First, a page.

The quest and will of the soul are not pointed directly towards freedom from this sphere: The reason which disciplines away our concern about this life has no fundamental quarrel with things of this order; it merely resents their interference; sometimes, even, it must seek them; essentially all the aspiration is not so much away from evil as towards the soul's own highest and noblest: This attained, all is won and there is rest—and this is the veritably willed state of life.

There can be no such thing as "willing" the acquirement of necessaries, if will is to be taken in its strict sense, and not misapplied to the mere recognition of need.

It is certain that we shrink from the unpleasant, and such shrinking is assuredly not what we should have willed; to have no occasion for any such shrinking would be much nearer to our taste; but the things we seek tell the story as soon as they are ours. For instance, health and freedom from pain; which of these has any great charm? As long as we possess them, we set no store on them.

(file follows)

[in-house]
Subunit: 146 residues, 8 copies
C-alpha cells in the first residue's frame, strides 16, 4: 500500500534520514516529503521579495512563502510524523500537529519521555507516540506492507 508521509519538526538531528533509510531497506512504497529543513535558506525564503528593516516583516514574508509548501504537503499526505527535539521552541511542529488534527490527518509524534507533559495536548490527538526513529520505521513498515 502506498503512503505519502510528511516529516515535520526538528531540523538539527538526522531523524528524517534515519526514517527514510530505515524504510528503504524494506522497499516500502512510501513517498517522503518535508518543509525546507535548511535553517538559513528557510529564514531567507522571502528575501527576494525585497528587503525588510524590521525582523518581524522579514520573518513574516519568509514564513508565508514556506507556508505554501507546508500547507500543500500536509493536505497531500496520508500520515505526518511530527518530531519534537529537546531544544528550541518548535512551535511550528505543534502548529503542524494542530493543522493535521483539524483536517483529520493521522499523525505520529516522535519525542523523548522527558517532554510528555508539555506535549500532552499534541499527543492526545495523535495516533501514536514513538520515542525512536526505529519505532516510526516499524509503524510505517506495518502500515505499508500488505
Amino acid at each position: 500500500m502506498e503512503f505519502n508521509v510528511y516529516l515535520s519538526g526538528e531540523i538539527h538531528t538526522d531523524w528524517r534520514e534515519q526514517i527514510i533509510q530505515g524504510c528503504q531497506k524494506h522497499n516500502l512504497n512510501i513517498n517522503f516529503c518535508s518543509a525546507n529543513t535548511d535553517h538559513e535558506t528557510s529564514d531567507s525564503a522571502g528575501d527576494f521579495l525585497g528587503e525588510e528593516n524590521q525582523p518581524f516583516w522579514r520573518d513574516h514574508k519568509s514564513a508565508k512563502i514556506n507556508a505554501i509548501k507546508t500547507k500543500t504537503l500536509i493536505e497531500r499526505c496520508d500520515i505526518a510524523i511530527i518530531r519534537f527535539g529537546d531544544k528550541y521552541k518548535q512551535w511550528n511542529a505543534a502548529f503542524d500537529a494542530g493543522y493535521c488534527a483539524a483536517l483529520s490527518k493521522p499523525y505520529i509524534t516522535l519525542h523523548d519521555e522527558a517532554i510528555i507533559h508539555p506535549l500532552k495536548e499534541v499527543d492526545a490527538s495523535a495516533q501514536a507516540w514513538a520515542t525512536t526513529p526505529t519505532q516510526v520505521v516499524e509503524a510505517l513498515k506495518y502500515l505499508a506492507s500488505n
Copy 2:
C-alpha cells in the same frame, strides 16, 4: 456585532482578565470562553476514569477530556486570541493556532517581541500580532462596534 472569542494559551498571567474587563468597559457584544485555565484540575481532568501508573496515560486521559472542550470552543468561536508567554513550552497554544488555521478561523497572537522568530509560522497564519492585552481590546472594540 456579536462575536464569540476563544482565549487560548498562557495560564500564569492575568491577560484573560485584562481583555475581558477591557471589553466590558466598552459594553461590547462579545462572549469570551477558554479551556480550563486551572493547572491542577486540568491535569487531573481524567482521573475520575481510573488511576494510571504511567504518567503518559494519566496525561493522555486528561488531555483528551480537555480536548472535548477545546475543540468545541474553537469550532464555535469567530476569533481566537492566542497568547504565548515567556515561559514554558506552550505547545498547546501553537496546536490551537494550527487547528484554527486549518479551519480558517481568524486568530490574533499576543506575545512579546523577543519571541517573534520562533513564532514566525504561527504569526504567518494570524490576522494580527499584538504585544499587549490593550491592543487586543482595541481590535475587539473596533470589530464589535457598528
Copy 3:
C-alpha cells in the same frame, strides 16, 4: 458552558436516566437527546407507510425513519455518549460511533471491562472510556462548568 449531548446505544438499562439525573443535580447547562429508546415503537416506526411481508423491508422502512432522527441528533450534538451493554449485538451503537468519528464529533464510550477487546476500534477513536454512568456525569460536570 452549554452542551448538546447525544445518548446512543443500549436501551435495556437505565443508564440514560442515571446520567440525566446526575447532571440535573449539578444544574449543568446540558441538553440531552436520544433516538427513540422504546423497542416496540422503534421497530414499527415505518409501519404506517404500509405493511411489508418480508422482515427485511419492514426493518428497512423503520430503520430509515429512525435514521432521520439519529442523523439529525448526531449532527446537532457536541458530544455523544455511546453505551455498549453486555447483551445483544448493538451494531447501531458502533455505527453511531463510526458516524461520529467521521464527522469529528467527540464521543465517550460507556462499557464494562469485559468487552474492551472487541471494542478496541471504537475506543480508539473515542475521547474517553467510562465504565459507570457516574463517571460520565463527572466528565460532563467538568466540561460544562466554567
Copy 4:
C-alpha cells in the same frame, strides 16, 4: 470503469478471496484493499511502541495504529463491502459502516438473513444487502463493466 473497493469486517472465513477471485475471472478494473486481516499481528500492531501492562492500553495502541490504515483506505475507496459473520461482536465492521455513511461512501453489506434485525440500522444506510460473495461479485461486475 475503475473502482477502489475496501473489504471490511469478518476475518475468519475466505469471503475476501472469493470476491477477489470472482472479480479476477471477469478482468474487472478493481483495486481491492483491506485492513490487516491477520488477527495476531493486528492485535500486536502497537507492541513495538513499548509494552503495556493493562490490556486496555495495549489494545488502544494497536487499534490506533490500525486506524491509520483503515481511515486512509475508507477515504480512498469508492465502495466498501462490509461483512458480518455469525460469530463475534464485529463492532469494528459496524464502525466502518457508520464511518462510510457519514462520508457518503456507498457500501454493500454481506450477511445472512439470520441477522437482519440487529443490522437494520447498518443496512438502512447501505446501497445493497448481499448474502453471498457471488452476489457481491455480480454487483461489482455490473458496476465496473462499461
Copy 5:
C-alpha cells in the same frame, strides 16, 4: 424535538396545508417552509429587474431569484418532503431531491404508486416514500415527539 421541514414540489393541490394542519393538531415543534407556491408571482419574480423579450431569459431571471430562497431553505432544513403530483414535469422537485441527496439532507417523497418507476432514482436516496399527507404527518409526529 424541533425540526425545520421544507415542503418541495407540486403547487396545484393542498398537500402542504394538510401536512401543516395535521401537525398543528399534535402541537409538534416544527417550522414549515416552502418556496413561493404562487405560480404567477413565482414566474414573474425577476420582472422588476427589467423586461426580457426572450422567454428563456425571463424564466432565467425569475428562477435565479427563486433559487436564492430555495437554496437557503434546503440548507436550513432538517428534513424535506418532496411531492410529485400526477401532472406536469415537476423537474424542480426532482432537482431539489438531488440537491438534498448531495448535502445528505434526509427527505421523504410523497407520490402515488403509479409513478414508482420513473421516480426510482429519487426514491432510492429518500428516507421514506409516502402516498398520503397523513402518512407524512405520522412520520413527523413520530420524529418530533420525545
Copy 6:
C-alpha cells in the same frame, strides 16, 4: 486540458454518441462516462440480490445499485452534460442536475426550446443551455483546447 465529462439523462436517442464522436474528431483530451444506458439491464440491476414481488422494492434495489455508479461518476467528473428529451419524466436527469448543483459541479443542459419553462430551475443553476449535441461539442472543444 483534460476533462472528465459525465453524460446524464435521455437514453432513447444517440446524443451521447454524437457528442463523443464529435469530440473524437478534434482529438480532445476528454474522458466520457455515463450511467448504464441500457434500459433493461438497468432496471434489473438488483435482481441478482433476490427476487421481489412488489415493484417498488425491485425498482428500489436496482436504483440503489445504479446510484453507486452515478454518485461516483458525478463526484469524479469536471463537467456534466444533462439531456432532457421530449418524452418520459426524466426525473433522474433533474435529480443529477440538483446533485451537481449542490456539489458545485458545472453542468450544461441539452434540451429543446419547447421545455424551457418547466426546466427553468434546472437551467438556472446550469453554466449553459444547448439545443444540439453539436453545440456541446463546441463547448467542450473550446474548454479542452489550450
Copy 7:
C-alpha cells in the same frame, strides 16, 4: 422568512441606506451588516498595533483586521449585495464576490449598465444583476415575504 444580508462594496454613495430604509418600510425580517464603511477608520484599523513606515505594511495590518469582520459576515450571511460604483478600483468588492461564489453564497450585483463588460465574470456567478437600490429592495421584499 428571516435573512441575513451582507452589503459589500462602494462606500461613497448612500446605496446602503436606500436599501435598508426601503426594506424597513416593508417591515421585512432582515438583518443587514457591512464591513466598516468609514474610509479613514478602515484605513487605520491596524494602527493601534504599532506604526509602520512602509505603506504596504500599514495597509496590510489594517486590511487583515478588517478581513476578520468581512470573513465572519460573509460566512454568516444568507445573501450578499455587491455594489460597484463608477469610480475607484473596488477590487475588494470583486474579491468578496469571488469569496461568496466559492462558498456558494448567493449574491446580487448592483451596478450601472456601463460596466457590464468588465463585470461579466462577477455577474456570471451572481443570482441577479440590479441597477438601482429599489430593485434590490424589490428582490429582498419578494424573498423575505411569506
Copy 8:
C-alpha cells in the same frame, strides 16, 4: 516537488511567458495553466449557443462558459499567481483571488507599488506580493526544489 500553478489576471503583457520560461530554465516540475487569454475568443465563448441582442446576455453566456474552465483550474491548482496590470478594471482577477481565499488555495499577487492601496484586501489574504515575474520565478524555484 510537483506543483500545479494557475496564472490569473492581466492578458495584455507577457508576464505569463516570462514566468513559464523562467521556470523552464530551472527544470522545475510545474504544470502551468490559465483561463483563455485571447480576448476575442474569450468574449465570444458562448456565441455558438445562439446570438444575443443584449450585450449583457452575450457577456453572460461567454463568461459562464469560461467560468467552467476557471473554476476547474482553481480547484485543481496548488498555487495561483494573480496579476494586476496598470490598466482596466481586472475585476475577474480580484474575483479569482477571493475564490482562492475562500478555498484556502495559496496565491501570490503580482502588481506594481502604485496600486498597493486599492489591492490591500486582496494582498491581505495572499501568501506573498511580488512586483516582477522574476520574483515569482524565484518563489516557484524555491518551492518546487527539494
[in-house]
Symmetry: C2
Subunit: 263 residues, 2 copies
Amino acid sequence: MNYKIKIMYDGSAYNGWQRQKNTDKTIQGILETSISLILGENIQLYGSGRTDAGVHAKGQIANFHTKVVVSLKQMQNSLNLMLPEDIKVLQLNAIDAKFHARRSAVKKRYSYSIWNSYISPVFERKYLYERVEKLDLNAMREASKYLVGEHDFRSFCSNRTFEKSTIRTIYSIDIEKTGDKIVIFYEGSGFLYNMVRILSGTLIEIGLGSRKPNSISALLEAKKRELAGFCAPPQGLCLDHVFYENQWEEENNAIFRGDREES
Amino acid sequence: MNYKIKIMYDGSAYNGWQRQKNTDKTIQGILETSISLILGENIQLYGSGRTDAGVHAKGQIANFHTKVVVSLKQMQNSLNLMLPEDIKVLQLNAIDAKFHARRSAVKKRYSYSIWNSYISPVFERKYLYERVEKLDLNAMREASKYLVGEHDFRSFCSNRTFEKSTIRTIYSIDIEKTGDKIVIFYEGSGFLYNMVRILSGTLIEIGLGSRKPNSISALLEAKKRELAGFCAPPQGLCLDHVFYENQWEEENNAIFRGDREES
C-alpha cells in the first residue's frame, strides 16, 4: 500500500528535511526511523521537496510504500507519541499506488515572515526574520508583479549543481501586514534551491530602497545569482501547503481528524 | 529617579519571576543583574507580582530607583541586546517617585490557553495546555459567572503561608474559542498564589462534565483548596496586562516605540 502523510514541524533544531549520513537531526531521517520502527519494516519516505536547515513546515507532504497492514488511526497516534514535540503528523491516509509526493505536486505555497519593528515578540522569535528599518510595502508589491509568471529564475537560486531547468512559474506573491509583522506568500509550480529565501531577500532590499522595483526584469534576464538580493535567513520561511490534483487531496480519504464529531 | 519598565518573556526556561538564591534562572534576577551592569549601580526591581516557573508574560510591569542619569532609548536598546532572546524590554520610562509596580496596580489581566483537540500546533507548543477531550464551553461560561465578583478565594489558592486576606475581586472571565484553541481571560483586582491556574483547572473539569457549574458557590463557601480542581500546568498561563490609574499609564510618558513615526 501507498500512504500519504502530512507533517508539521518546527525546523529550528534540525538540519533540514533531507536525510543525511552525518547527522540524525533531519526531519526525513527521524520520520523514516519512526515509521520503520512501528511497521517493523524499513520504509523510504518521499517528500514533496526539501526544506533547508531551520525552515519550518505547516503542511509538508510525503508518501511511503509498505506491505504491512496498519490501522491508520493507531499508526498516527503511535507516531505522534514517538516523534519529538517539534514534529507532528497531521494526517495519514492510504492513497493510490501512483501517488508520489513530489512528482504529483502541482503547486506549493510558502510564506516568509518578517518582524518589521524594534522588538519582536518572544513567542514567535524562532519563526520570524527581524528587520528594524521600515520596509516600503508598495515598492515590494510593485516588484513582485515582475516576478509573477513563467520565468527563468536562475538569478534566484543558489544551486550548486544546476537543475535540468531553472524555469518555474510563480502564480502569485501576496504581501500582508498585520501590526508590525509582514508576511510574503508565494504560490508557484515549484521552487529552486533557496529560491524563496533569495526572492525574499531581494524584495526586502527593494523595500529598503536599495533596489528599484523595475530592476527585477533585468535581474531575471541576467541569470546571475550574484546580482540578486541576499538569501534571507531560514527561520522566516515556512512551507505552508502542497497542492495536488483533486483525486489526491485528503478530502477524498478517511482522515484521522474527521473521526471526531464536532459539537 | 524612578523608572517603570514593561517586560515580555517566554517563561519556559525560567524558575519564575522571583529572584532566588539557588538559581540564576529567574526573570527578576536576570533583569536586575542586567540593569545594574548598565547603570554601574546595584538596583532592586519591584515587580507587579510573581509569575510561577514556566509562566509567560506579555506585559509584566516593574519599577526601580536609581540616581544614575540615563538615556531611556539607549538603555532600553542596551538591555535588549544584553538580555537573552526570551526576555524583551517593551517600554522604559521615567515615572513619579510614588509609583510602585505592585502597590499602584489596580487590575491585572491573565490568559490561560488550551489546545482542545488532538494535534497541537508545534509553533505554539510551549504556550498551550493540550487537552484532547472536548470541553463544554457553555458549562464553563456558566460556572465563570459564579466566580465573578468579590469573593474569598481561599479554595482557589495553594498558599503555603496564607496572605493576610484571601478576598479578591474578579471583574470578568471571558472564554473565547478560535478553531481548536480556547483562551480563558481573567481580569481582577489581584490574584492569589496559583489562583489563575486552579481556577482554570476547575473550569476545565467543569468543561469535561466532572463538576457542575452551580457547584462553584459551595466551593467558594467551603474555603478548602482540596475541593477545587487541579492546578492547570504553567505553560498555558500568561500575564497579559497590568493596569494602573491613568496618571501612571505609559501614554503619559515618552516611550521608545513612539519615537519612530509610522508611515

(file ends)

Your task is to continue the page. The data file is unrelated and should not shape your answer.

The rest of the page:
Anything which, present, has no charm and adds nothing to happiness, which when lacking is desired because of the presence of an annoying opposite, may reasonably be called a necessity but not a good.

Such things can never make part of our final object: Our term must be such that though these pleasanter conditions be absent and their contraries present, it shall remain, still, intact.


Then why are these conditions sought and their contraries repelled by the man established in happiness?

Here is our answer: